While it is clear that duty of care increasingly overrides all other considerations for oil and gas companies, particularly when they are affected by major incidents, the price of travel will always be at the forefront of buyers’ minds. Reports, such as Carlson Wagonlit Travel’s 2014 Travel Price Forecast suggests that overall rates across the world will be rising – albeit moderately – this year.
FCM sales director Graham Ross says: “Travel budgets are definitely going up. This is due to a combination of growth in the sector, hence more travel, and the rise in the cost of travel, often because travel is at short notice, so fares are more costly. Predictions for the future of the industry look very promising and travel will rise accordingly.”
Other TMCs point to the diversity of travel arrangements needed to get to far-flung installations and facilities that cannot be reached through commercial airlines and, instead, require some element of charter flights. ATPI’s Knights adds: “The vast majority of our customers are broadly budgeting mild cost increases on like-for-like travel but, of course, higher budgets generally reflect a buoyant market – for example, many new rigs are coming to the market with firm contracts this year.”
Knights also points out that one of the “significant headaches” for buyers has been the varied way that airlines choose to categorise different types of ‘marine’ and ‘offshore’ workers, and hence whether they qualify for reduced airfares. “Not all airlines use the same criteria in what is a very specific category,” he says. “This makes communication and application of fares to the customer a difficult process. Traditional offshore and marine discounts are increasingly harder to come by as airlines reduce capacity in these classes.”
Many oil and gas companies also choose to manage their travel budgets project-by-project, rather than on an annual basis, with firms setting out their travel costs as part of the initial bidding process for contracts. HRG’s Lancaster says the industry is very “project-driven”, which means that when spending on a specific project goes over budget, travel costs are likely to be reduced – typically through bans on internal travel between the firm’s offices.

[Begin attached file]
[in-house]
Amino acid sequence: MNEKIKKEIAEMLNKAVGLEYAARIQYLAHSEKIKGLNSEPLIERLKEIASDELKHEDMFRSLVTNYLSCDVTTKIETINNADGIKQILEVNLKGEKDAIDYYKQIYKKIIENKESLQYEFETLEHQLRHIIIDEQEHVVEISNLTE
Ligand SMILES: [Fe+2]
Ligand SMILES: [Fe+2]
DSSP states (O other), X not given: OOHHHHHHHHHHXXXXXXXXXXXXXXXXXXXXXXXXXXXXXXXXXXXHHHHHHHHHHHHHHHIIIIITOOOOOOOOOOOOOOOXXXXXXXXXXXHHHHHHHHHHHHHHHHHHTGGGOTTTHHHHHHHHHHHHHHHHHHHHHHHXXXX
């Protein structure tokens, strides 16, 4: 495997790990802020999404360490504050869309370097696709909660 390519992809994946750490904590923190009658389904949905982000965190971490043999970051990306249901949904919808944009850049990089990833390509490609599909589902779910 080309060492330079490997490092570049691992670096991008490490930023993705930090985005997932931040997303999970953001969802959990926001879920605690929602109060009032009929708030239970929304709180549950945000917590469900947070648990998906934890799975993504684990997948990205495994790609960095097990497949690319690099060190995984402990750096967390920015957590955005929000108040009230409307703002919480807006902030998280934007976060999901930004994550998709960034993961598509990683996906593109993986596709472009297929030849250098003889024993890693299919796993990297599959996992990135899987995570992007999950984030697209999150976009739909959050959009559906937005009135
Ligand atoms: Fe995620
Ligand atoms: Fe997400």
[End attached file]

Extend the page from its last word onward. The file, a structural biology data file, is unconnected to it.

Improvements in technology and the persistently high price of oil and gas in recent years have combined to expand the global map for the industry, particularly in the US with the shale energy boom set to help the country to become the biggest oil producer by 2015 – overtaking Russia and Saudi Arabia – according to the International Energy Agency.
Dan Hakansson, general manager for the Nordic region at American Express Business Travel, says: “Due to rising fuel prices, drilling and exploration in extreme sites has become even more popular and, as a result, employees have to travel even more extensively.”
HRG’s Lancaster adds that technology allowing companies to find and drill for oil in deeper parts of the sea has helped the North Sea market to boom in the last 18 months. She says there has also been a major rise in offshore production off Canada’s Pacific coastline, while Ghana has also grown as an energy destination.
Australia may be a “key market to watch” according to CWT, due to its new government’s abandonment of several environmental policies and ‘green taxes’, which may fuel a resurgence in the mining and energy sectors. The TMC also highlights Africa as an oil and gas destination, and cites “significant recent growth” in Ghana, Mozambique, Tanzania, Libya and Algeria.
FCM’s Ross says that “no two clients seem to travel to the same destination” even within the same continent, due to drilling rights and fierce competition in the market. “While one client will suddenly start travelling to Angola, another will send large numbers of employees to a different African country,” he says. “Russia will become even more important over the next 12 months, due to its potential in the shale gas industry. We are also seeing more travel to South America.”
Other untapped areas include Greece, Cyprus and New Zealand, which are “all seeing increased exploration activity and success”, according to ATPI’s Knights.
Expect the global travel map to become even wider and the logistics more complicated for buyers in this sector in the next few years, as it continues to be one of the most challenging areas of travel management.